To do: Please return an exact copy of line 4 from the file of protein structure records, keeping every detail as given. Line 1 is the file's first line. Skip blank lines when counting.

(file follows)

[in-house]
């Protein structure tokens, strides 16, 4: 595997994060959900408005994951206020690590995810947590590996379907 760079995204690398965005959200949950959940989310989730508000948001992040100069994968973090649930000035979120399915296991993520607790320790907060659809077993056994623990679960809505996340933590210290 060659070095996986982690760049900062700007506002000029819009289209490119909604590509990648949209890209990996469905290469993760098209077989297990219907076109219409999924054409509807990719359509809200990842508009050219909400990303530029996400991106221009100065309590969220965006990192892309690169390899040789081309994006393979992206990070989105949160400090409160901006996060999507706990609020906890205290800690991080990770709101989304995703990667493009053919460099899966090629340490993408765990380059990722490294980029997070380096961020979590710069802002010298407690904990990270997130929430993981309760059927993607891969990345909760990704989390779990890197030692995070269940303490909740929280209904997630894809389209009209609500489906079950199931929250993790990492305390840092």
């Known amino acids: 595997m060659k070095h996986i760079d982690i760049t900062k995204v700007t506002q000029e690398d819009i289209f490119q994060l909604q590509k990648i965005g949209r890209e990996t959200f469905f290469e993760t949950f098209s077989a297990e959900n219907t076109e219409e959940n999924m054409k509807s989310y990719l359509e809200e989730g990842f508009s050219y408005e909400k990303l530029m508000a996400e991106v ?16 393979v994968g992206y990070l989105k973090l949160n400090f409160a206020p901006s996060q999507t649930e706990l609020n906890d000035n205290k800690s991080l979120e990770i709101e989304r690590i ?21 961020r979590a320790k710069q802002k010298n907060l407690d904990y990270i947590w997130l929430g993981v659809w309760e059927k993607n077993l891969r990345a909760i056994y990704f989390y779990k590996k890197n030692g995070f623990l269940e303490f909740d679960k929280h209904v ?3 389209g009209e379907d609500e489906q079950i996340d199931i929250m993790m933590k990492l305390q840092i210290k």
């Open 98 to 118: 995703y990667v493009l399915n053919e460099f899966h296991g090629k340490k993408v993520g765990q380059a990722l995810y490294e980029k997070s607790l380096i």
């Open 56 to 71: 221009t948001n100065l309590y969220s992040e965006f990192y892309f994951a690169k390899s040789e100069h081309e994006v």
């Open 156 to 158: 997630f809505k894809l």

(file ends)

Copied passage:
């Open 98 to 118: 995703y990667v493009l399915n053919e460099f899966h296991g090629k340490k993408v993520g765990q380059a990722l995810y490294e980029k997070s607790l380096i």